Children are domesticated the same way that we domesticate a dog, a cat, or any other animal. In order to teach a dog we punish the dog and we give it rewards. We train our children whom we love so much the same way that we train any domesticated animal: with a system of punishment and reward.
We are told, "You're a good boy," or "You're a good girl," when we do what Mom and Dad want us to do. When we don't, we are "a bad girl" or "a bad boy."
When we went against the rules we were punished; when we went along with the rules we got a reward. We were punished many times a day, and we were also rewarded many times a day. Soon we became afraid of being punished and also afraid of not receiving the reward. The reward is the attention that we got from our parents or from other people like siblings, teachers, and friends. We soon develop a need to hook other people's attention in order to get the reward.
The reward feels good, and we keep doing what others want us to do in order to get the reward. With that fear of being punished and that fear of not getting the reward, we start pretending to be what we are not, just to please others, just to be good enough for someone else. We try to please Mom and Dad, we try to please the teachers at school, we try to please the church, and so we start acting. We pretend to be what we are not because we are afraid of being rejected. The fear of being rejected becomes the fear of not being good enough. Eventually we become someone that we are not. We become a copy of Mamma's beliefs, Daddy's beliefs, society's beliefs, and religion's beliefs.
The domestication is so strong that at a certain point in our life we no longer need anyone to domesticate us. We don't need Mom or Dad, the school or the church to domesticate us. We are so well trained that we are our own domesticator. (...) We punish ourselves when we don't follow the rules according to our belief system; we reward ourselves when we are the "good boy" or "good girl."
During the process of domestication, we form an image of what perfection is in order to try to be good enough. We create an image of how we should be in order to be accepted by everybody. We especially try to please the ones who love us, like Mom and Dad, big brothers and sisters, the priests and the teacher. Trying to be good enough for them, we create an image of perfection, but we don't fit this image. We create this image, but this image is not real. We are never going to be perfect from this point of view. Never!
Not being perfect, we reject ourselves. And the level of self-rejection depends upon how effective the adults were in breaking our integrity.
After domestication it is no longer about being good enough for anybody else. We are not good enough for ourselves because we don't fit with our own image of perfection. We cannot forgive ourselves for not being what we wish to be, or rather what we believe we should be. We cannot forgive ourselves for not being perfect.
We know we are not what we believe we are supposed to be and so we feel false, frustrated, and dishonest. We try to hide ourselves, and we pretend to be what we are not. The result is that we feel unau- thentic and wear social masks to keep others from noticing this. We are so afraid that somebody else will notice that we are not what we pretend to be. We judge others according to our image of perfection as well, and naturally they fall short of our expectations.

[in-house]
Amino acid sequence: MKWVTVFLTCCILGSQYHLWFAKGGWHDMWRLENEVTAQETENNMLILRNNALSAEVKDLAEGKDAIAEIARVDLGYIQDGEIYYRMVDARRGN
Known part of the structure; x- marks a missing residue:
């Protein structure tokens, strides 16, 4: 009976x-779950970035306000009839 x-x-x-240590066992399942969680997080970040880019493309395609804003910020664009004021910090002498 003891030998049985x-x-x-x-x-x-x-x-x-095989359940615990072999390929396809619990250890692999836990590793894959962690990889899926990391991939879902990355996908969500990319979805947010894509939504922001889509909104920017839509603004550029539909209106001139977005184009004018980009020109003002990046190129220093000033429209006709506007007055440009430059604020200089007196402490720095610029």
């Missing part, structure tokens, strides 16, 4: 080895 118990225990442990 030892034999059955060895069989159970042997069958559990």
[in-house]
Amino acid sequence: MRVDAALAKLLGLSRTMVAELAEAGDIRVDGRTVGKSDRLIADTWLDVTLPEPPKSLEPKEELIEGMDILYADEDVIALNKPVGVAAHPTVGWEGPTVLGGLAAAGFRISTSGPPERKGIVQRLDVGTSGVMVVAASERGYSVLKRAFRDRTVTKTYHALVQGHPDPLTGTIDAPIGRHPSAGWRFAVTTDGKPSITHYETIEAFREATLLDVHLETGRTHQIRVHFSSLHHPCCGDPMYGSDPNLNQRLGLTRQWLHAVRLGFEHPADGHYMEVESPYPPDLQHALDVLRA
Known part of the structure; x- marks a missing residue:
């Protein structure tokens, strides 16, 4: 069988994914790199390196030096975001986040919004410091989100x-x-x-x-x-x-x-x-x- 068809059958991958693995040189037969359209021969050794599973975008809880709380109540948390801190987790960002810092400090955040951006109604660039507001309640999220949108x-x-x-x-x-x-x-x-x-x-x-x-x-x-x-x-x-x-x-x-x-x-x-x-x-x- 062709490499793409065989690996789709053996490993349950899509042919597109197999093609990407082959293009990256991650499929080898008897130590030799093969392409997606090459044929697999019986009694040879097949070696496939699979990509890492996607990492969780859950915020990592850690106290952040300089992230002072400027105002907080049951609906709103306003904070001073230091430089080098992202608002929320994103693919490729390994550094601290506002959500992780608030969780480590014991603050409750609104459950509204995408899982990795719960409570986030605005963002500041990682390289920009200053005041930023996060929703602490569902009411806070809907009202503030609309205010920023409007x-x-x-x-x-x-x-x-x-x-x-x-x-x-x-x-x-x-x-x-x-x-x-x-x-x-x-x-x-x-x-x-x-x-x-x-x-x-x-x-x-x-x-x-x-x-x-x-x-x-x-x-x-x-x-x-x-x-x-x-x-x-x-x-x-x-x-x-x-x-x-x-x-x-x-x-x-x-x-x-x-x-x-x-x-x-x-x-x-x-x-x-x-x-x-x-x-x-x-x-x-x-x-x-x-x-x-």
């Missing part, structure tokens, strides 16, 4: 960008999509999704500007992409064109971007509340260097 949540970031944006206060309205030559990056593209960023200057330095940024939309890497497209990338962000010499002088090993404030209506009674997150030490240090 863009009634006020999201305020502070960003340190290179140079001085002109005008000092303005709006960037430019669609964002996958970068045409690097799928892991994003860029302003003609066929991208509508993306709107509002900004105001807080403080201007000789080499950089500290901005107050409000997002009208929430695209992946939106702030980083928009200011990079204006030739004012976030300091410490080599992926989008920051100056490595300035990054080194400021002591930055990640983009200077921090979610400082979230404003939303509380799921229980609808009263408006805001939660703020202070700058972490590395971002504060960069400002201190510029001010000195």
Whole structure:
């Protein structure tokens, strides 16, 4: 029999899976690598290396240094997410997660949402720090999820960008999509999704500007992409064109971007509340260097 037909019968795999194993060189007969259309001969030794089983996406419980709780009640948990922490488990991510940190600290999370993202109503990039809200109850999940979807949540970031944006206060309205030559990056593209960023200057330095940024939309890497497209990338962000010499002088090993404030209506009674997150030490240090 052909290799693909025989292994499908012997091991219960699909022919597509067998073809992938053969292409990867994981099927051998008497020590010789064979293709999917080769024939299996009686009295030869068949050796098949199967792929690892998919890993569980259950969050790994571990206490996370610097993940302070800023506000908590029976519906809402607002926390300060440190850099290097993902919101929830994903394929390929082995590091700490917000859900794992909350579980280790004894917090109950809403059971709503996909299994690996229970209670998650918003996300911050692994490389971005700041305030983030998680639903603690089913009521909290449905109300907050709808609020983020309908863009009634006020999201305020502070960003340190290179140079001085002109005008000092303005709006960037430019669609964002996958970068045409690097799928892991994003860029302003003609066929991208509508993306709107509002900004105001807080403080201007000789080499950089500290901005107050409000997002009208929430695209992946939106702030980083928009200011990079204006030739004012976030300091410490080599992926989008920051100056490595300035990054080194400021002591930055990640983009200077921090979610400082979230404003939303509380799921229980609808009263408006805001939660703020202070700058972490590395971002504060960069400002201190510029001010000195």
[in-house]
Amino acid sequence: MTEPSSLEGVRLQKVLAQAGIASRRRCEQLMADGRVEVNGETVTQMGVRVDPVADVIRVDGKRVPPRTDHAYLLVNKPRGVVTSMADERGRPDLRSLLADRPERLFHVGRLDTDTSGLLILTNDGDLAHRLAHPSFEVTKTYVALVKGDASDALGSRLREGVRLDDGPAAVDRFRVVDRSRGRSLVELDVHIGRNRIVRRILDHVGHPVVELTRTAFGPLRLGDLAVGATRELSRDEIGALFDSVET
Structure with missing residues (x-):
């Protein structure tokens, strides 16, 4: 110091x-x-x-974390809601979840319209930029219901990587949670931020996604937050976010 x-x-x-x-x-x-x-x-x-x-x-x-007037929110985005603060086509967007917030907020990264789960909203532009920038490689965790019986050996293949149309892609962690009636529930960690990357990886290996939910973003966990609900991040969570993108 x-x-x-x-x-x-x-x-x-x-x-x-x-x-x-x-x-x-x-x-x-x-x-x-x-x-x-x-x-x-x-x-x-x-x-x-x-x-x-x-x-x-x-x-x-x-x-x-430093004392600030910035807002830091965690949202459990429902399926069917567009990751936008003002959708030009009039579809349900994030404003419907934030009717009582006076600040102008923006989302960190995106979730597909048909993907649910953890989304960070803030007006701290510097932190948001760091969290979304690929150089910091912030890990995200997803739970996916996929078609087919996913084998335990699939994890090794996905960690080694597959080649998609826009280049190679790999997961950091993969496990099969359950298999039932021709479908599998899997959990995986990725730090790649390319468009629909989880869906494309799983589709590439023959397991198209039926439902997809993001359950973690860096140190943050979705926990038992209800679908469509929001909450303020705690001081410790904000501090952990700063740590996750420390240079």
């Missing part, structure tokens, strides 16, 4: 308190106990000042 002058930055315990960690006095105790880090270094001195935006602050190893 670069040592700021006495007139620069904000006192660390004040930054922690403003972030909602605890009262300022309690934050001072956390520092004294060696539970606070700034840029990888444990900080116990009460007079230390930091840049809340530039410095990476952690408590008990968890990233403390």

We dishonor ourselves just to please other people. We even do harm to our physical bodies just to be accepted by others. You see teenagers taking drugs just to avoid being rejected by other teenagers. They are not aware that the problem is that they don't accept themselves. They reject themselves because they are not what they pretend to be. They wish to be a certain way, but they are not, and for this they carry shame and guilt. Humans punish themselves endlessly for not being what they believe they should be. They become very self-abusive, and they use other people to abuse themselves as well.
But nobody abuses us more than we abuse ourselves, and it is the Judge, the Victim, and the belief system that make us do this. True, we find people who say their husband or wife, or mother or father, abused them, but you know that we abuse ourselves much more than that. The way we judge ourselves is the worst judge that ever existed. If we make a mistake in front of people, we try to deny the mistake and cover it up. But as soon as we are alone, the Judge becomes so strong, the guilt is so strong, and we feel so stupid, or so bad, or so unworthy.
In your whole life nobody has ever abused you more than you have abused yourself. And the limit of your self-abuse is exactly the limit that you will tolerate from someone else. If someone abuses you a little more than you abuse yourself, you will probably walk away from that person. But if someone abuses you a little less than you abuse yourself, you will probably stay in the relationship and tolerate it endlessly.
Each of us is born with a certain amount of personal power that we rebuild every day after we rest. Unfortunately, we spend all our personal power first to create all these agreements and then to keep these agreements. Our personal power is dissipated by all the agreements we have created, and the result is that we feel powerless. We have just enough power to survive each day, because most of it is used to keep the agreements that trap us in the dream of the planet. How can we change the entire dream of our life when we have no power to change even the smallest agreement?
If we can see it is our agreements which rule our life, and we don't like the dream of our life, we need to change the agreements. When we are finally ready to change our agreements, there are four very powerful agreements that will help us break those agreements that come from fear and deplete our energy.
- Don Miguel Ruiz, The Four Agreements